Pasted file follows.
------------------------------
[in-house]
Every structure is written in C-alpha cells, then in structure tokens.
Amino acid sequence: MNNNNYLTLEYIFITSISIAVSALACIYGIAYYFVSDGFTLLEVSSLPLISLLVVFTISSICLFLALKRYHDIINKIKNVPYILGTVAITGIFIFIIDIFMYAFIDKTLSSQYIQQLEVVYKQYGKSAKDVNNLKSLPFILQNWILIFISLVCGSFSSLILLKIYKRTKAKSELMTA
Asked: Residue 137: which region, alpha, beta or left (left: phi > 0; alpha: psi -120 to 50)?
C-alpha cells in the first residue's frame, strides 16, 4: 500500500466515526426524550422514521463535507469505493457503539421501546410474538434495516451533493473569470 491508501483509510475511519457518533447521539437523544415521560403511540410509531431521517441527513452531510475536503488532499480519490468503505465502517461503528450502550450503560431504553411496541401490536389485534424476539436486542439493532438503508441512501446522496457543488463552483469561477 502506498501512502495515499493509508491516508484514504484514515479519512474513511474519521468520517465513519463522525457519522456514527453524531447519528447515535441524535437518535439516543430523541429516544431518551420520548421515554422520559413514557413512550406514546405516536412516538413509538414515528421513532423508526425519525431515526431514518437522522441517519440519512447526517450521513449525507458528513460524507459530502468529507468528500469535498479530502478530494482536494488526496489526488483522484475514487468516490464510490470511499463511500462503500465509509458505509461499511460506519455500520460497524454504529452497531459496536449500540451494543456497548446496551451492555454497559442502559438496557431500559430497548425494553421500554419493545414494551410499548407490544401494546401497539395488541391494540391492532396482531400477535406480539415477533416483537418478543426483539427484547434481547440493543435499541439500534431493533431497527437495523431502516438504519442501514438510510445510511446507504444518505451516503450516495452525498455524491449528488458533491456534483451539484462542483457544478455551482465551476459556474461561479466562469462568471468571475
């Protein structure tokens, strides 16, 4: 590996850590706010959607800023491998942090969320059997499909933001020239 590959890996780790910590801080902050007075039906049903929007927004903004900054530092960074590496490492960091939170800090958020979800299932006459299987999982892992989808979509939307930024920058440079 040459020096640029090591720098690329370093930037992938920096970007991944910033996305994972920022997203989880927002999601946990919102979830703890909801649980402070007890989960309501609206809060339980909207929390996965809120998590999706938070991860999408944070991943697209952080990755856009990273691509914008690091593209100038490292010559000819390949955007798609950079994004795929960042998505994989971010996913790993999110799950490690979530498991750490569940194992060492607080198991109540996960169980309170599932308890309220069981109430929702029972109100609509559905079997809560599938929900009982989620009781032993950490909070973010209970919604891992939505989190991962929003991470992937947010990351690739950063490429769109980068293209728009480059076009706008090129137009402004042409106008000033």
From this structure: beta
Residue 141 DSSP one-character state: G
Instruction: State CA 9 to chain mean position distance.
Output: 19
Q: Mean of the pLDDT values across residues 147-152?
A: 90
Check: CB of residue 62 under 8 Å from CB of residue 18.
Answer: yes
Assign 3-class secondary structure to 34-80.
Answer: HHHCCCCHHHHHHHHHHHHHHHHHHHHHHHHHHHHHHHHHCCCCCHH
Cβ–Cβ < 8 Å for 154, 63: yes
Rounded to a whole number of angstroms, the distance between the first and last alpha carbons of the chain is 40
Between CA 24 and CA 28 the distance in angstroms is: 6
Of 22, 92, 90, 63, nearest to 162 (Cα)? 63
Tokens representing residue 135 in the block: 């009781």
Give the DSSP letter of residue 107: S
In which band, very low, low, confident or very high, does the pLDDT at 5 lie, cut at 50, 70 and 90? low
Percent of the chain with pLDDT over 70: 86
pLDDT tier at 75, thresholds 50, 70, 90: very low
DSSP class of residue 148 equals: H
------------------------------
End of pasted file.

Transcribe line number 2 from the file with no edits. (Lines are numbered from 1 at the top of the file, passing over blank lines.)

Every structure is written in C-alpha cells, then in structure tokens.